By level 7, you want to max Proximity Mines, with two points in Blast Off and one in your ult. This will give you the damage you need to farm with mines and a lot of teamfight utility and gank potential with Blast Off and Remote Mines.

There’s an argument to be made for skilling Stasis Trap at level 7 rather than maxing Proximity Mines. Level 3 Proximity Mines deal 575 magical damage, and because lane creeps have no magical resistance, this is enough to one-shot the wave. That means a fourth level isn’t necessarily needed, but I find that Stasis will rarely be useful if you’re solo laning, as you should be.

After level 7, finish maxing out Blast Off, and finish Stasis last.

Talents

Techies’ new talent tree gives them several farm-focused options like extra XP and gold gain, but if you’re using your mines to clear creep waves effectively you don’t really need these to scale. I much prefer the utility options like extra cast range and reduced respawn time, which make you more effective in engagements, particularly if you’re defending high-ground.

Level 10: While Techies is a very slow hero and does benefit from +20 movespeed, it’s useful only in certain situations like trying to escape a gank or chasing someone down with Blast Off. You will always be suffering from lack of mana, so I usually choose +2 mana regen.

Level 15: Both +25 percent XP gain and +200 cast range are very good, but by level 15 you’re nearly to level 3 Remote Mines anyway, and I think the XP gain comes too late to be useful. The +200 cast range is incredibly useful for teamfights, allowing you to place mines (especially Remotes) without being directly in danger. It also boosts your Blast Off to 1,200 range, which helps with chasing down stragglers.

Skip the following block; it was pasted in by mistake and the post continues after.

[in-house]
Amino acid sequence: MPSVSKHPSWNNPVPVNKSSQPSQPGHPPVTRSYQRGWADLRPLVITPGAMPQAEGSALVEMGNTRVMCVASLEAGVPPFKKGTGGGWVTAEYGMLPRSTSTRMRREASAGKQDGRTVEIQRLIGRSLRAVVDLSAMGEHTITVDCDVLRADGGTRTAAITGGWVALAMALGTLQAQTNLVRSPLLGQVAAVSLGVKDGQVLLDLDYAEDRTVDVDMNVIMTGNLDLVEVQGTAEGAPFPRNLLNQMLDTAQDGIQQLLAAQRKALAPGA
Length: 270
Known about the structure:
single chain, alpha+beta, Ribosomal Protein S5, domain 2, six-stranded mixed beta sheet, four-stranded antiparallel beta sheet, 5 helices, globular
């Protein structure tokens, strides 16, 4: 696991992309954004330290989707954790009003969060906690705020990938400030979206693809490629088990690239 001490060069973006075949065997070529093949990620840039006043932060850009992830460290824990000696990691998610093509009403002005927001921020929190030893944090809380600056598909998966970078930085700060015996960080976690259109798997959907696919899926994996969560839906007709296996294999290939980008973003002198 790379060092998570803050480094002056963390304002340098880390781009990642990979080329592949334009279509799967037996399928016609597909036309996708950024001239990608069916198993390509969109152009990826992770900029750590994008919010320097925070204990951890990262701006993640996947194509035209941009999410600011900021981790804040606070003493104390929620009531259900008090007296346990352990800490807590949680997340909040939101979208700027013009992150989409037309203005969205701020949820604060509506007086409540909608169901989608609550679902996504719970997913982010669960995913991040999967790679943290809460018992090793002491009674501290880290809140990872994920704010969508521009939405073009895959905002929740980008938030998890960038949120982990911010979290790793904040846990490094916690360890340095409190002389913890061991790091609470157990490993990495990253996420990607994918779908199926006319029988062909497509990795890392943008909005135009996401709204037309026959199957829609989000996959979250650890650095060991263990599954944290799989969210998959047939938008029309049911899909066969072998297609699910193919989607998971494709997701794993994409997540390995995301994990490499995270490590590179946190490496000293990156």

Level 20: At this point in the game, one-shotting creep waves with mines shouldn’t be a challenge, which means another 120 gold per minute isn’t a huge deal. However, if you die at this point in the game without the high-ground being mined defensively — especially since you can’t halve your respawn time by suiciding anymore — your game is over. Take -60s respawn every time.

Level 25: Taking +400 Blast Off damage gives you 800 magic damage in total, but by this point you’re likely doing more damage than that with Remote Mines. The 25 percent cooldown reduction means you can be setting up more mines and traps, which is almost always more useful.

Strategy

The Laning Phase

Old school Techies players will be used to leaving their lane around Level 6 or 7 to start mining around the map. Now, your top priority is to keep control of your lane. New Techies plays a bit like Broodmother, in that you set up in a lane and stay there farming and making your opponent anxious until the enemy Tier 1 tower goes down. The exception is if the enemy team is pushing your towers too hard, in which case it’s better to abandon your lane and start mining up your structures defensively.

Mining your lane is all-important, since you’ll be using mines simultaneously to clear creeps and weaken enemy heroes so that you can finish them with a rotation gank or a Blast Off. However, mining effectively is also much more difficult than in 6.88, since you have to hide your Proximity Mines out of enemy sight.